Singapore — Workers’ Party (WP) Member of Parliament (MP) Jamus Lim spoke up on how Singapore should reevaluate the mechanism for social safety nets in Singapore.
Assoc Prof Lim mentions at the start of his post that he resumed visiting households to speak with residents.
While he interacted with many residents, he found the family living in the last unit he visited to be particularly memorable.
The family consisted of six people but had been repeatedly rejected from receiving financial aid from the government. This was due to the fact that they reside in a four-room flat which caused the assessed value of their home to disqualify them from almost all assistance schemes. Meanwhile, the family had a combined income of $1,600 while having to provide for four young children.
Assoc Prof Lim says that this is by far not the worst living situation he had seen. He had spoken with another person living with eleven others in a two-room rental flat. However, he acknowledges that the family of six is not well-off either.
He notes that the family’s inability to secure assistance schemes is indicative of limitations of Singapore’s all-or-nothing criteria for accessing citizens’ social safety nets. If a family earns just a dollar more than $650 per capita, they are completely ineligible for receiving social services support. If another family resides in a flat that is worth more than $21,000 annual value, they are unable to apply for GST vouchers as well.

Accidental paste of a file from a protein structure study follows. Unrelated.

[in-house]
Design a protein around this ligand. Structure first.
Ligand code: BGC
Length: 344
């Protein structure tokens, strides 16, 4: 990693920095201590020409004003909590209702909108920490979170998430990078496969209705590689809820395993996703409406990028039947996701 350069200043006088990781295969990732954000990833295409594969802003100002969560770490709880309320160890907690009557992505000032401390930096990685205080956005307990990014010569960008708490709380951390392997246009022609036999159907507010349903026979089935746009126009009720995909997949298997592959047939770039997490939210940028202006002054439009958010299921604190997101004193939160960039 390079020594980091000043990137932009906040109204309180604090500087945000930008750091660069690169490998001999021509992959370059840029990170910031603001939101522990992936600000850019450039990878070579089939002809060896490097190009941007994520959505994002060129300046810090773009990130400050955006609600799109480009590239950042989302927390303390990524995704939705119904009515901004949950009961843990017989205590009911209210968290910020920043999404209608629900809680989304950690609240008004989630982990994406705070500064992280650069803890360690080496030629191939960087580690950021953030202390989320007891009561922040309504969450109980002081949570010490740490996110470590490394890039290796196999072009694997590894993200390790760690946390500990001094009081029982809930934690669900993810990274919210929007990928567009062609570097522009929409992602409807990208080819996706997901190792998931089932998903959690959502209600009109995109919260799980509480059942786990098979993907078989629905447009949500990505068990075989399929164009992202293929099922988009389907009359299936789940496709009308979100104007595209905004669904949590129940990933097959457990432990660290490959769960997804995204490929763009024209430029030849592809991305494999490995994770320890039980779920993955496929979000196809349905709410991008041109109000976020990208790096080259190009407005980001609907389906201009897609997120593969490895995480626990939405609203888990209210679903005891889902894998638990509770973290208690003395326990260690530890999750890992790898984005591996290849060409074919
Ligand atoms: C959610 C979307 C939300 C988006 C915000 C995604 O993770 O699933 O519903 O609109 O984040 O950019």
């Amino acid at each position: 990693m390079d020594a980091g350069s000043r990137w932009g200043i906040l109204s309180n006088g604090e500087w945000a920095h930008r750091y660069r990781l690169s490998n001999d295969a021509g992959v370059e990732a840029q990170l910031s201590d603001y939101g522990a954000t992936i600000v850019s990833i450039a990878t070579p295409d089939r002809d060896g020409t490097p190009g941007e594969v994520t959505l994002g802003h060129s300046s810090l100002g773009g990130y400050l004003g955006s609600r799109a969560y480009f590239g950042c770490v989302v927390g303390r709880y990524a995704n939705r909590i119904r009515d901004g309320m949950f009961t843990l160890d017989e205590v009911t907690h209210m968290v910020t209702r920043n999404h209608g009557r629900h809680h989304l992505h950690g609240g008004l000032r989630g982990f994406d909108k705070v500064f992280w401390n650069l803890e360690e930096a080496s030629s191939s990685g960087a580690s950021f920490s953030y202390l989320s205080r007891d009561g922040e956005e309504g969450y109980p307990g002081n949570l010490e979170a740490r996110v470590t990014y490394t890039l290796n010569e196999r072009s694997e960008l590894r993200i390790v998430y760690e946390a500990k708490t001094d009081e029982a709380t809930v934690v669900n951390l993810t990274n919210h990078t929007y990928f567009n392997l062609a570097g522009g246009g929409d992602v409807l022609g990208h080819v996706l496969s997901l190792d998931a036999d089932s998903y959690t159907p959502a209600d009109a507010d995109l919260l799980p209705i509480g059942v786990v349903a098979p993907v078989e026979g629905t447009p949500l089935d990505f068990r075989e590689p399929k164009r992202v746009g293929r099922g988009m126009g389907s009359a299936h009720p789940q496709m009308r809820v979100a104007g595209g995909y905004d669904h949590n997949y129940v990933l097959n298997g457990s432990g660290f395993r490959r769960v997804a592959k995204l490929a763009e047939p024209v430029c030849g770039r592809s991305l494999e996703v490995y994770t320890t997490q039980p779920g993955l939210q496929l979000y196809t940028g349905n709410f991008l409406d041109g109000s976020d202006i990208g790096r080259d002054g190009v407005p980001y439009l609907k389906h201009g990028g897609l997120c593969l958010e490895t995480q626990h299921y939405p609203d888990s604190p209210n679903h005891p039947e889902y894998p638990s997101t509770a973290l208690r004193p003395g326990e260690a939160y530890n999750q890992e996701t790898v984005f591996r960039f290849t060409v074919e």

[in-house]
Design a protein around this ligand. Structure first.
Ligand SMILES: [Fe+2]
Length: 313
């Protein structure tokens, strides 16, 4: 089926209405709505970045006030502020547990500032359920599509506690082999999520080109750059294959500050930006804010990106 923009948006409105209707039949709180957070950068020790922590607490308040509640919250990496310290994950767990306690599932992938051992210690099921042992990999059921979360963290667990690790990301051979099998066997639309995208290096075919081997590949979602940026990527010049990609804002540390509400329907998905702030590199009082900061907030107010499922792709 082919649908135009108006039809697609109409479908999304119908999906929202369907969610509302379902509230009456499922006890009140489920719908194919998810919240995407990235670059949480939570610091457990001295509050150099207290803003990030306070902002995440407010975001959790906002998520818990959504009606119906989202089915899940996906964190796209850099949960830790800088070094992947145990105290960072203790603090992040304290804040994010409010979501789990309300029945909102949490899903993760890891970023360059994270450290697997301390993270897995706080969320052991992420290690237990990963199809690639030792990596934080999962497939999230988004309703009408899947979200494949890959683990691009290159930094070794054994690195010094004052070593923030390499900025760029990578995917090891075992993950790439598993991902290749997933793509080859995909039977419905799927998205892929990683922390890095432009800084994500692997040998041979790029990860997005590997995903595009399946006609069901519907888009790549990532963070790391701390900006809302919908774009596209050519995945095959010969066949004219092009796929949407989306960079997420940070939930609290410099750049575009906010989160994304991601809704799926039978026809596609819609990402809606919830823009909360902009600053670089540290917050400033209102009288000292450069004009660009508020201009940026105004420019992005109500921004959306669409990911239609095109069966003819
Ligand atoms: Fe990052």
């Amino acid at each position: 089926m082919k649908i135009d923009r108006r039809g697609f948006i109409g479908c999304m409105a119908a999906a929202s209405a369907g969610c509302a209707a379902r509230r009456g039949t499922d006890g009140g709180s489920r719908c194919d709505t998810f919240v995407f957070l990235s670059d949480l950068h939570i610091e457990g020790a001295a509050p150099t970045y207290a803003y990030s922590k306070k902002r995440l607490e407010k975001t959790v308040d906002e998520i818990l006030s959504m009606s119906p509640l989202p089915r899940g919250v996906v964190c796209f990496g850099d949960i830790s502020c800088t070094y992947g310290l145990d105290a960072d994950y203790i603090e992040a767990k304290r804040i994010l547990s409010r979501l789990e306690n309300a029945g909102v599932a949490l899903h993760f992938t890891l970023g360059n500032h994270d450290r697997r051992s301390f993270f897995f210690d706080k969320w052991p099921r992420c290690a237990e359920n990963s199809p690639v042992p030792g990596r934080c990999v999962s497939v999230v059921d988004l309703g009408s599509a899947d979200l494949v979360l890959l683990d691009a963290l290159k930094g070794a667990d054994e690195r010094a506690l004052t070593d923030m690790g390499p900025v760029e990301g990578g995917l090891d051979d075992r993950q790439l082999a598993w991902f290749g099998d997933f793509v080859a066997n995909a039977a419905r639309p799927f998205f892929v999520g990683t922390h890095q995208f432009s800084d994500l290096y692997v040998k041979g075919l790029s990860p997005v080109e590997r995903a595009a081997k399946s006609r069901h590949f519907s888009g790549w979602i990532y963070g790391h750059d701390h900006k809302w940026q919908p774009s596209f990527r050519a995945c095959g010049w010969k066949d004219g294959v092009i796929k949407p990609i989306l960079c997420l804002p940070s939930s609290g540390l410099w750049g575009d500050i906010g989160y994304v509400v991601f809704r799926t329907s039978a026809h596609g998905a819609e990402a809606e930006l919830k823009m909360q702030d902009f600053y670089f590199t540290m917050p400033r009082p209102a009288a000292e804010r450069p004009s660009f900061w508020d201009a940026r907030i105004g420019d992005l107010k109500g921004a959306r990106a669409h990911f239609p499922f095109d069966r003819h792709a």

Assoc Prof Lim says that it is important to delineate the criteria for social safety nets. Setting the thresholds make it easy to check if citizens are able to qualify for a scheme, but can be restrictive as well.
He also mentions the “cliff effect” where a person who earns more money may not necessarily improve their standard of living if it boosts their income such that they lose access to some or all of the benefits they were previously offered, causing the value of the lost benefits to outweigh the increase in their income.
Assoc Prof Lim says that graduated thresholds are implemented in other areas of public policy. Citizens pay tax rates according to income brackets and HDB Loan Eligibility (HLE) loan amounts are also based on one’s CPF and cash savings. He adds that it would be a good idea to evaluate other social support schemes to allow for similar graduated thresholds.
Several netizens agreed that the current can be rather rigid and unfair to certain people.
You Zi Xuan is an intern at The Independent SG. /TISG
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